The ECG in Figure-1 shows sinus rhythm at ~85/minute. Additional ECG findings (as well as non-findings) that I see include the following:
  • No sign of either LAE or RAE. Although the sinus P wave in lead II is a good size (RED arrow) — it is neither notched (as is common with LAE), nor tall enough or pointed enough in any of the inferior leads to qualify for RAE. The negative component to the P wave in lead V1 is neither deep enough nor wide enough to qualify for LAE. The positive component to the P wave in leads V1 and V2 is neither tall nor peaked, as may be seen with RAE.
  • No sign of LVH. The Echo showed moderately increased LV wall thickness. While sensitivity of the ECG is limited for picking up this type of LVH — I always find it insightful to correlate ECG findings with the far more accurate anatomic assessment possible in Echo evaluation.
  • Incomplete RBBB is presentI measure QRS width at between 0.09-0.10 second — which is within the normal range. A multiphasic (rsR’s’) complex is present in lead V1 (within the BLUE oval in V1) — in association with narrow terminal S waves in both leads I and V6 (within BLUE ovals in these leads). This qualifies as incomplete RBBB. It is common with either complete or incomplete RBBB to also see an rsR’ complex in right-sided lead III (as we do here). It is not common to see a 4-phase QRS complex (rsR’s’) in lead V1 due to simple complete or incomplete RBBB. That said, I still feel description of QRS morphology here best qualifies as incomplete RBBB. NOTE: Some anterior ST-T wave depression may be seen with incomplete RBBB. However, the amount of anterior ST-T wave depression seen here is clearly more than one should expect from simple incomplete RBBB.
  • ECG findings in favor of RVH in Figure-1 include — the relatively tall R’ wave in lead V1 — presence of numerous S waves on this tracing (ie, in leads I, II, aVL; and V2-through-V6) — the presence of incomplete RBBB — and, ST-T wave depression in leads V1-V3 consistent with RV “strain”. Clearly, the QRS complex is not wide enough to qualify as complete RBBB. Most of the time with incomplete RBBB — the R’ deflection in lead V1 is not nearly as tall as it is in Figure-1, unless there is also “something else” (ie, RVH).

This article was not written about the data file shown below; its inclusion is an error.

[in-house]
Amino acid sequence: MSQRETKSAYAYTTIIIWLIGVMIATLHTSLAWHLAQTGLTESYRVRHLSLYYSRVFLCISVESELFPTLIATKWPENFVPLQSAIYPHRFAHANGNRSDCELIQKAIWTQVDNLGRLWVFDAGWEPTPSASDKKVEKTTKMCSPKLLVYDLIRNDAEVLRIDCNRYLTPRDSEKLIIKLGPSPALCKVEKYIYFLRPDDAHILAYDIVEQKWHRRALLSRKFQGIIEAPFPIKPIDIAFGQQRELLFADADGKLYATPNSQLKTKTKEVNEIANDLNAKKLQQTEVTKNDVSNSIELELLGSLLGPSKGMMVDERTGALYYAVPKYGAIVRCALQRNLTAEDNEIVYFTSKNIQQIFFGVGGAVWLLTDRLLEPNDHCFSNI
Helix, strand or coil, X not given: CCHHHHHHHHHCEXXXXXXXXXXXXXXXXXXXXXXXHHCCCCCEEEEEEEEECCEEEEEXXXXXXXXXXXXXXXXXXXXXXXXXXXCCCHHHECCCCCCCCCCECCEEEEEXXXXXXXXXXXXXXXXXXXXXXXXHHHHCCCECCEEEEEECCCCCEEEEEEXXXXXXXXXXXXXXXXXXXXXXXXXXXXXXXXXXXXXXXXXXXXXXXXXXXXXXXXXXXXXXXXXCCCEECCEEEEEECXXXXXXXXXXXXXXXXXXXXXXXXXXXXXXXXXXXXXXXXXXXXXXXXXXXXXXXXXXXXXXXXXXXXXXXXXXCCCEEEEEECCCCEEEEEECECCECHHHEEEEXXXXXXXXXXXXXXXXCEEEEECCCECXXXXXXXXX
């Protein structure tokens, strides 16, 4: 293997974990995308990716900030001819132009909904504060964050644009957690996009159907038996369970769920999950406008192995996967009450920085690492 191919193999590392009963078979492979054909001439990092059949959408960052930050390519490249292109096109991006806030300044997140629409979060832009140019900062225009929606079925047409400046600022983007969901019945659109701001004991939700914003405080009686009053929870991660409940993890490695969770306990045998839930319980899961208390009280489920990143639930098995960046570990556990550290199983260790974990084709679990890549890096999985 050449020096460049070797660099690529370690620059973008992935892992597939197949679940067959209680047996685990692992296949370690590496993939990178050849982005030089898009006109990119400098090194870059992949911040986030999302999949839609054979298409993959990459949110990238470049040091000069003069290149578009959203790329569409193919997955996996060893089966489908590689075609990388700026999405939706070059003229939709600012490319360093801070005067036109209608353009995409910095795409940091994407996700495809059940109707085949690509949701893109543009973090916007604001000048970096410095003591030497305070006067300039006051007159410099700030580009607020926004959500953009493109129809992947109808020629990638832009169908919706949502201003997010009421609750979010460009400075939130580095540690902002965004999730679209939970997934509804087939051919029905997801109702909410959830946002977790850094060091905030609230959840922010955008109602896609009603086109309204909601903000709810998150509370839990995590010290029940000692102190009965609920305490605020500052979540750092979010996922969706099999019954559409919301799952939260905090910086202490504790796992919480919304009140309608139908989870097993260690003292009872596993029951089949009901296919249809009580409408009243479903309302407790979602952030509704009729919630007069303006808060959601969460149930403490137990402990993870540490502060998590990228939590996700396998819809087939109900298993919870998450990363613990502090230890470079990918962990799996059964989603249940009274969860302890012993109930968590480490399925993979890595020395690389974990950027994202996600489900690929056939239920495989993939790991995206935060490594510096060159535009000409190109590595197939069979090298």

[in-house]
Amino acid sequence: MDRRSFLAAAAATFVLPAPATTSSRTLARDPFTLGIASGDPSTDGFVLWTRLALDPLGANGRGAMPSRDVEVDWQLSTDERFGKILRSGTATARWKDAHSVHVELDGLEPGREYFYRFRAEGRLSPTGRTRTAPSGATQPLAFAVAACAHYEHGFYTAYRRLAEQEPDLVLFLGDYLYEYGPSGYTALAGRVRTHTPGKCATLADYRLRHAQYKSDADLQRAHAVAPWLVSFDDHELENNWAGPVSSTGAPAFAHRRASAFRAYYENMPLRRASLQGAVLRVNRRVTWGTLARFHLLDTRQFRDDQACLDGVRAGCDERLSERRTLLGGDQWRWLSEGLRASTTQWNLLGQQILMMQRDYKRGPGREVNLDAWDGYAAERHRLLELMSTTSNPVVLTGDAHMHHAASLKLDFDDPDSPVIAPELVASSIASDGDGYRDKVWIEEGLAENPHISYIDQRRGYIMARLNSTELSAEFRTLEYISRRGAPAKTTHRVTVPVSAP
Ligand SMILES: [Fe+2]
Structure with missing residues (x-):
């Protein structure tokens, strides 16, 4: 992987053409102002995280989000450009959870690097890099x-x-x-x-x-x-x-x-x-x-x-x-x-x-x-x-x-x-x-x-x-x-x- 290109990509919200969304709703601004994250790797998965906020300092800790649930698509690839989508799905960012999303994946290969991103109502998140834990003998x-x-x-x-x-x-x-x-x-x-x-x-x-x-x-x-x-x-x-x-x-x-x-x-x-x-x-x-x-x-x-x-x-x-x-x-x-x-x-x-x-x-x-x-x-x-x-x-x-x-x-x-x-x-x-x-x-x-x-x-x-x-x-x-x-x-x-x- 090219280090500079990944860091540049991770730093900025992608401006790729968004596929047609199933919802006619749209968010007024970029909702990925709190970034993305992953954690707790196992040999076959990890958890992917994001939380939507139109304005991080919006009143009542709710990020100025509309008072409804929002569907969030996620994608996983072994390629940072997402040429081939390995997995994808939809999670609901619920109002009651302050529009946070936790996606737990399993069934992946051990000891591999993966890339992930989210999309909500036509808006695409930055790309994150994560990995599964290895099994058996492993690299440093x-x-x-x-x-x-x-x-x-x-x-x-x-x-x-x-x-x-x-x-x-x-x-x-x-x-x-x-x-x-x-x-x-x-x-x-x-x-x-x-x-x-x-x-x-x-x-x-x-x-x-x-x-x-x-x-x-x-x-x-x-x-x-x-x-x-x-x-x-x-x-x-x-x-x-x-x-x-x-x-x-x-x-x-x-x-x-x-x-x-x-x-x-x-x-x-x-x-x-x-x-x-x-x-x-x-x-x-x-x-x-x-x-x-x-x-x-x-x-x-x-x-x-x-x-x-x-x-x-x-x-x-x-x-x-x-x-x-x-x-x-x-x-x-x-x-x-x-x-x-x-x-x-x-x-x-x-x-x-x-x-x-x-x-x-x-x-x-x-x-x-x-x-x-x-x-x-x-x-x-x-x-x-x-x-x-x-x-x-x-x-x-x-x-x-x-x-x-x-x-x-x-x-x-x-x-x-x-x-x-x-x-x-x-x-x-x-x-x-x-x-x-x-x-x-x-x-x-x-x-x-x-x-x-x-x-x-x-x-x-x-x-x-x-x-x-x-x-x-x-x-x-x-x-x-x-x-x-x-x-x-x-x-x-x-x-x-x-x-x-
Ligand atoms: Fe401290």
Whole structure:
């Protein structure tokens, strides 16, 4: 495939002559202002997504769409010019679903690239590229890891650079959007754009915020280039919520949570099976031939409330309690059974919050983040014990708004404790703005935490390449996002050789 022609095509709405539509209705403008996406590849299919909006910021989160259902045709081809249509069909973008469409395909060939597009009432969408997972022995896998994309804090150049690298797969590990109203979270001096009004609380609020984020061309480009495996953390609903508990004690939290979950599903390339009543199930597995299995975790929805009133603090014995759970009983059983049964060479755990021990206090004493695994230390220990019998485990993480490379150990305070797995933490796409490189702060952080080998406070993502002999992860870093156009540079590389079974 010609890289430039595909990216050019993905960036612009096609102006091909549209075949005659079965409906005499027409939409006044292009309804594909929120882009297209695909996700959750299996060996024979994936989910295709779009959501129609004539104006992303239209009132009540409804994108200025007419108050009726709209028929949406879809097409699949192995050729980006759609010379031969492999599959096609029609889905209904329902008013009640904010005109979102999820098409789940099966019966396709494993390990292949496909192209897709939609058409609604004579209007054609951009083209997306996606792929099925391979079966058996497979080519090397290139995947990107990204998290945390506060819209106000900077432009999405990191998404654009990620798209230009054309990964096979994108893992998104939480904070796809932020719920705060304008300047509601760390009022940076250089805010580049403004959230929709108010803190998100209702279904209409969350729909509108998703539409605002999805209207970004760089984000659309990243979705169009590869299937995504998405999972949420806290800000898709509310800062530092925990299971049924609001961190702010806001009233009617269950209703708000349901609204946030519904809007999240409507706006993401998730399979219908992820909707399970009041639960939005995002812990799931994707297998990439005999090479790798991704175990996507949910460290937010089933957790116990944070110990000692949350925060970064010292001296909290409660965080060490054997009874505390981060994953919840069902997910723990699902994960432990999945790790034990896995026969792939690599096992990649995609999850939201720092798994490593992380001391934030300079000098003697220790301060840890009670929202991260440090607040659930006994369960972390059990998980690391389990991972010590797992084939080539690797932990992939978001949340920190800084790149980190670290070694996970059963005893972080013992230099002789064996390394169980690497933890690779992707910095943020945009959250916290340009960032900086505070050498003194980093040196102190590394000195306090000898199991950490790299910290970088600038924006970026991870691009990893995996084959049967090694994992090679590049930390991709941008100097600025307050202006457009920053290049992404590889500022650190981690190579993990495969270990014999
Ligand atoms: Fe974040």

• ECG findings atypical for the dramatic degree of RAARVH and increased right-sided pressures indicated by Echo include: iLack of ECG findings suggestive of RAA; andiiLack of any hint of RV “strain” in the inferior leads. The 2 lead areas to look at when assessing for RV “strain”, are the inferior leads (II,III,aVF— and the anterior leads (V1,V2,V3). While true that RV “strain” will not always be seen in both of these lead areas — the fact that there is no sign at all of inferior ST-T wave depression (within the PURPLE rectanglesand, the somewhat less usual pattern of ST-T wave depression in the anterior leads (within RED rectangles, showing maximal ST-T wave depression in lead V2, despite only modest R wave amplitude in this lead) — to me suggested that the anterior ST-T wave depression might reflect acute cardiac or pulmonary disease. I’ll emphasize that the negative history for chest pain and dyspnea + dramatic abnormalities on the previous Echo strongly support supposition that the ECG findings in Figure-1 are not acute. My point is simply that I would not be at all certain of the chronicity of these findings had I just seen this ECG without benefit of the history and prior Echo report.
Our THANKS to Dr. Smith for presenting this highly insightful case.

  • For “My Take” on the ECG diagnosis of RVH  CLICK HERE.
  • For “My Take” on the ECG diagnosis of LAE & RAE  CLICK HERE.

Saturday, February 9, 2019

Right sided heart failure and tachycardia.

A middle-aged male presented with tachycardia, dyspnea, and 4+ bilateral leg edema.
What is the rhythm?

There had been an ice storm, and it was the busiest day in the history of our emergency department because of falls.  I reduced 12 fractures that evening and was in constant motion.   I looked at this and saw the negative component of the P-wave in V1, and immediately diagnosed sinus tachycardia.

I did a bedside echo:
There was good LV function
You can see a very large RV (closest to probe) and RA (on far right).
Lungs were clear to auscultation and there were no B-lines.

Volume overload was confirmed with this:
This shows the distended inferior vena cava (IVC), further supporting high right sided pressures and right heart failure.

So he clinically had right heart failure, subacute in onset.  If I had simply looked carefully through his chart, I would have found that this was not all new, but rather an exacerbation of a chronic problem.

Not having done that, pulmonary embolism was on the differential and we obtained a CT pulmonary angiogram:
This shows a massive right atrium and dilated right ventricle

Another slice of the CT showing the same thing:
A massively dilated right atrium

Later, I looked back at the first ECG; Here it is again:
It was suddenly clear to me from lead II across the bottom that this was atrial flutter.

Why is there a negative component to the atrial wave in V1?

Normally, one of the rapid ways to differentiate sinus from flutter is too look for a biphasic up-down atrial wave (sinus) vs. an upright atrial wave (flutter).

It turns out that there was a previous ECG to compare to: